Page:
"By 1966, he [Crick] had written two dozen papers related to the subject [of protein synthesis and the coding problem]. Six at least were of great and general importance. Two of those included experiments and were written with collaborators. One more paper [the Crick, Griffith and Orgel paper discussed above], of pleasing ingenuity, happened to be wrong: nature turned out to be less elegant than Crick's imagination." (Judson 1996, p. 288) Reflecting back on this work himself, Crick said: "if we were to image that the correct triplets were marked by commas (for example, ATC,CGA,TTC,...), how did the cell know exactly where to put the commas? The obvious idea, that one stared at the beginning (whatever that was) and went along three at a time, seemed too simple [this is indeed how it happens], and I thought (quite wrongly) that there must be another solution." (Crick 1988, p. 99) Crick extolled the aesthetic properties of their comma free code: "Naturally Orgel, Griffith, and I were excited by the idea of a comma-free code. It seemed so pretty, almost elegant. You fed in the magic numbers 4 (the 4 bases) and 3 (the triplet) and out come the magic number 20, the number of amino acids. Nevertheless I was hesitant. I realized we had no other evidence for the code, other than the striking emergence of the number twenty" (Crick 1988, pp. 99-100). They wrote an informal paper and circulated it among colleagues for comments. Crick noted that in spite of his worries, the new code attracted attention. After people began asking to quote the unpublished paper, they decided to publish and did so in 1957. "An account of it even appeared in a book for the general reader called The Coil of Life written by Ruth Moore [a journalist], though this was not published till 1961, by which time we had ceased to believe in the idea" (Crick 1988, p. 100).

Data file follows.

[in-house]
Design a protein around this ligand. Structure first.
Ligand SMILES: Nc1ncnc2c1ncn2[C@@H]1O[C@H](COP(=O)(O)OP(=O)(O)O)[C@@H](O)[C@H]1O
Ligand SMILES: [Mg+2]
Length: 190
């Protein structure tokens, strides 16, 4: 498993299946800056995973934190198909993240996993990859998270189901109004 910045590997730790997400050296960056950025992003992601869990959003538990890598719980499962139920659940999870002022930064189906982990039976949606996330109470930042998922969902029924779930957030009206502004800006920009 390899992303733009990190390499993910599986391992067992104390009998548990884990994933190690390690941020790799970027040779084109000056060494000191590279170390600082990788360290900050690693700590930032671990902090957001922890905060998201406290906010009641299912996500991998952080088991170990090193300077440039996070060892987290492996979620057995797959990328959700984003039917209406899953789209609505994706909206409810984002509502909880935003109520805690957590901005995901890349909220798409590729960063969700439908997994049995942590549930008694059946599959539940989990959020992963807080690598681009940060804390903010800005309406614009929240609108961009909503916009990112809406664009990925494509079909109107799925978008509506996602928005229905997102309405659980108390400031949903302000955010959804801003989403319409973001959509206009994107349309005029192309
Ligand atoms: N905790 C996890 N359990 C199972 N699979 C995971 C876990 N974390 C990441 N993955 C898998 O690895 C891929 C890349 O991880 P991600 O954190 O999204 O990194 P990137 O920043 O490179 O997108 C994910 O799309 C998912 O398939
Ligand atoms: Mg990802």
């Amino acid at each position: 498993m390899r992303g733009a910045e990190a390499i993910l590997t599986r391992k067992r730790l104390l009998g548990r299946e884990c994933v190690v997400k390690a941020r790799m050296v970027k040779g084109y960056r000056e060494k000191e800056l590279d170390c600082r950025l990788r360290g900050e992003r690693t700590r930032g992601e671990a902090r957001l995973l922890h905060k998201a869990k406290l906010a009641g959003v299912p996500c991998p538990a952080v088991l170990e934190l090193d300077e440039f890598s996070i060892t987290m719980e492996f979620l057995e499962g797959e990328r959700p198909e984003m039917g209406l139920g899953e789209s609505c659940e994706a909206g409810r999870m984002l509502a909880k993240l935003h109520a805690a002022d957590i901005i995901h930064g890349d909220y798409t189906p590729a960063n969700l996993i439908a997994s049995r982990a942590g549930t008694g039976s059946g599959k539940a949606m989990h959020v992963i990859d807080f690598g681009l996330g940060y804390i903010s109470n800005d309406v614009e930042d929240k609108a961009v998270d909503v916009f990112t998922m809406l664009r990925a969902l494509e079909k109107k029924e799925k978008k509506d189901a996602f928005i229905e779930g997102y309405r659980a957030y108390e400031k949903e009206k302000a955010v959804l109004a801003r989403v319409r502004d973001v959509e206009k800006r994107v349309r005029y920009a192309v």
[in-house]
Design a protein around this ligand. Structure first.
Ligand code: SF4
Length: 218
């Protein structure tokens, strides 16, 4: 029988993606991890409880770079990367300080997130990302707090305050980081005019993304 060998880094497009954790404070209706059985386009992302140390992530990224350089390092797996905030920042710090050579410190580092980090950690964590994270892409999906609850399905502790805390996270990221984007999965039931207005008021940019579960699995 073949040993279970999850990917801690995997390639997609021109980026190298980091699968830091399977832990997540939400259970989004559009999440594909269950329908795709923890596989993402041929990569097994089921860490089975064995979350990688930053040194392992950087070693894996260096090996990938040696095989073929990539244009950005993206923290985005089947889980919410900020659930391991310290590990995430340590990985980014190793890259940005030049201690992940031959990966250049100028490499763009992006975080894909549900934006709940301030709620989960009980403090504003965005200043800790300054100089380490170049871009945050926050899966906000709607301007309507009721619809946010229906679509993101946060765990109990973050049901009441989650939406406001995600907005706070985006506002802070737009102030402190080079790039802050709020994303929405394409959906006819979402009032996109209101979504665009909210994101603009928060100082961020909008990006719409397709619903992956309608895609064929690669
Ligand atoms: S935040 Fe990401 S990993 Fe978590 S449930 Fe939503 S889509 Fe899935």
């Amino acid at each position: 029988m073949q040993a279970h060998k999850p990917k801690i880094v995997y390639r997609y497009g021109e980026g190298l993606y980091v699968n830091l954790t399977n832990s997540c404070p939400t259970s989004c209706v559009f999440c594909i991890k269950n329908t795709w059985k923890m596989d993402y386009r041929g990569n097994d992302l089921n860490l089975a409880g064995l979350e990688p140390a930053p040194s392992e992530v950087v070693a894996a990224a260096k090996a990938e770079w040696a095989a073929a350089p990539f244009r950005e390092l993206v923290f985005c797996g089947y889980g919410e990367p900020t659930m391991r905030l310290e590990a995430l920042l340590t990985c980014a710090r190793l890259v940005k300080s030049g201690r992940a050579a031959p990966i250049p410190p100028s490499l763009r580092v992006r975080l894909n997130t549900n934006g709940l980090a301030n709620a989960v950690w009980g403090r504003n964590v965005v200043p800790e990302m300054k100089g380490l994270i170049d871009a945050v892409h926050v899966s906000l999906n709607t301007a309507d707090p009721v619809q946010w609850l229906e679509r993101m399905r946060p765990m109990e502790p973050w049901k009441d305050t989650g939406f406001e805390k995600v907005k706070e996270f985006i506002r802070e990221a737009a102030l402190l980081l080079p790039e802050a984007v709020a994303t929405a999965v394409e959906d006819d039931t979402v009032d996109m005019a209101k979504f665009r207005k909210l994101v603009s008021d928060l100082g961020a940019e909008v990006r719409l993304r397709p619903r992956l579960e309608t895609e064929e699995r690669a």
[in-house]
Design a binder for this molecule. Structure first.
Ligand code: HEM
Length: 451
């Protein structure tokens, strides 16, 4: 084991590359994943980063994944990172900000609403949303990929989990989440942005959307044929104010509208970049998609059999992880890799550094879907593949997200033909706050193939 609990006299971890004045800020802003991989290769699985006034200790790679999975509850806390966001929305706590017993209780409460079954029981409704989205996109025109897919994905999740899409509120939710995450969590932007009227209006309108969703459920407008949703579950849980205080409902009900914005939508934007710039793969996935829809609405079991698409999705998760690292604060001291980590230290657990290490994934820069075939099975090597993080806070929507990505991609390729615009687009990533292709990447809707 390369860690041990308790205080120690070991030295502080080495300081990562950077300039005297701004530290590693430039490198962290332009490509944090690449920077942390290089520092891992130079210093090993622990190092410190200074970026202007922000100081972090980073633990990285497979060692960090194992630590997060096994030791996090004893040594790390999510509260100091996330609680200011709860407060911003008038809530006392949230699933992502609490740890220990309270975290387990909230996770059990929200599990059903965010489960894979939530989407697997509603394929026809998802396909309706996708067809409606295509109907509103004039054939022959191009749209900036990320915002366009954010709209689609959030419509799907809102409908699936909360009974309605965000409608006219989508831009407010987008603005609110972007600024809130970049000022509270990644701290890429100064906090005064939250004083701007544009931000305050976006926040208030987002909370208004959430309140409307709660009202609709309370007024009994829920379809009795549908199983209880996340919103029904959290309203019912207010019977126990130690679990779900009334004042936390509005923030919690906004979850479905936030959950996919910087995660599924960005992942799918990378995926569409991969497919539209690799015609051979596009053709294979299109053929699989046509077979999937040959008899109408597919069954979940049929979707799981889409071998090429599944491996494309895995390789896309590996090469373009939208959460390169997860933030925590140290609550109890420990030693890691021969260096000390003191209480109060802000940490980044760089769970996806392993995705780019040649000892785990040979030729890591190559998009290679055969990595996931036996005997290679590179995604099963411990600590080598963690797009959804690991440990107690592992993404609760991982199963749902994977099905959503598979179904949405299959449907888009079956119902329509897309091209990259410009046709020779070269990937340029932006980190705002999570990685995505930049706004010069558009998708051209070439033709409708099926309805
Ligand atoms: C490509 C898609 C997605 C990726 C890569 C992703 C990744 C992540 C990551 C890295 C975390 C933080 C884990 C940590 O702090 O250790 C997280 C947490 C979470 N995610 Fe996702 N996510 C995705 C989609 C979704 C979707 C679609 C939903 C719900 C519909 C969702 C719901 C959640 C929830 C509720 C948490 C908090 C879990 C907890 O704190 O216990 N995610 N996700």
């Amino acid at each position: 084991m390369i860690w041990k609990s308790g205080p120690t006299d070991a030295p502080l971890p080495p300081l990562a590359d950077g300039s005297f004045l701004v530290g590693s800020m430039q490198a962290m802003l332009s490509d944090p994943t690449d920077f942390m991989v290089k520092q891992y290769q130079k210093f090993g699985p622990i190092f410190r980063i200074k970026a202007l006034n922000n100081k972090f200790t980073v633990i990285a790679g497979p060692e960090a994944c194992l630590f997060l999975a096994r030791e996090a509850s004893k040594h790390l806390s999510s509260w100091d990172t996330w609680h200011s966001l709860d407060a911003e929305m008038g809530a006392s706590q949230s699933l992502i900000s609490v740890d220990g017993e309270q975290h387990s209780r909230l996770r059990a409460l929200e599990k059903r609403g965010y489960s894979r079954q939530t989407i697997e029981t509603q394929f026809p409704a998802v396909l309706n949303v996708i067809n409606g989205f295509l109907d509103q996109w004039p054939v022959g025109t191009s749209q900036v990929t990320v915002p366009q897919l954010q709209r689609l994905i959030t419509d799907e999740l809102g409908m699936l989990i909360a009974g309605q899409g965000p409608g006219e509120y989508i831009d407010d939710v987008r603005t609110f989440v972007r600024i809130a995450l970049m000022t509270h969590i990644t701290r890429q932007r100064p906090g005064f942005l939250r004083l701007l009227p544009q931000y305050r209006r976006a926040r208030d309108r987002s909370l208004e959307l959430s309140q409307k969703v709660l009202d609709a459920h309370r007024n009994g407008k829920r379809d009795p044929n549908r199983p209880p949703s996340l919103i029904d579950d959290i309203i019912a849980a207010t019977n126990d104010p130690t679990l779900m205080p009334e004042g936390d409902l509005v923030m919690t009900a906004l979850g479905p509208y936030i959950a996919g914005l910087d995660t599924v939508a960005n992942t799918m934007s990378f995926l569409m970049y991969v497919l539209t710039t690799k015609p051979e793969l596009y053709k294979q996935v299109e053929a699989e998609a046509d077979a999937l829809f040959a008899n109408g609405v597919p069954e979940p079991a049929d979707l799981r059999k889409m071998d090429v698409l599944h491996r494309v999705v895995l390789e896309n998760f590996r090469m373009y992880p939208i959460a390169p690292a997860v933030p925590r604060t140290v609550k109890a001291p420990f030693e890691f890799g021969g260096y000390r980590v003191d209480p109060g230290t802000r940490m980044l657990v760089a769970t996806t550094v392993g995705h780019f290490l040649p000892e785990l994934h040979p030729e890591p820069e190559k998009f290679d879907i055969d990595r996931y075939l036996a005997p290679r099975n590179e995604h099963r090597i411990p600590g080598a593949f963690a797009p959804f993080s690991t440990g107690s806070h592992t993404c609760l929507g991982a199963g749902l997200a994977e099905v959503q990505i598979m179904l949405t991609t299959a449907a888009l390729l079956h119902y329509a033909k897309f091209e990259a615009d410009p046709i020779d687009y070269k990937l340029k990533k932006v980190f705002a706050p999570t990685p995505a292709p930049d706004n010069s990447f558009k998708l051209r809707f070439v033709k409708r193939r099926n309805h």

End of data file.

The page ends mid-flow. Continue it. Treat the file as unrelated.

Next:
Crick himself, always more a theoretician than an experimenter, began doing genetic experiments to try to obtain experimental evidence for the code. These were difficult experiments. No direct method for sequencing DNA was available at the time. Geneticists did not crack the code. Biochemists did. Marshall Nirenberg and J. H. Matthaei (1961) at the National Institutes of Health created a synthetic nucleic acid, put it into a experimental system for synthesizing proteins, and determined experimentally the first code for an amino acid (Nirenberg 1968). It was a possibility excluded by Crick's comma-free code, showing that Crick's elegant proposal was wrong, as Crick stated in his Nobel Lecture. "Comma-less triplet codes: All such codes are unlikely, not only because of the genetic evidence but also because of the results from the cell-free system" (Crick 1962, p. 211). Quickly the rest of the genetic code was deciphered by Nirenberg and other biochemists (Judson 1996, Ch. 8). Indeed there is a start signal and commas are not needed to separate the coding triplets. The idea that Crick had considered and rejected is how nature does it. Nature's code is less elegant than Crick's because some of the twenty amino acids are coded for by more than one triplet, a messy result excluded by Crick's comma-free code with its "magic number" of twenty.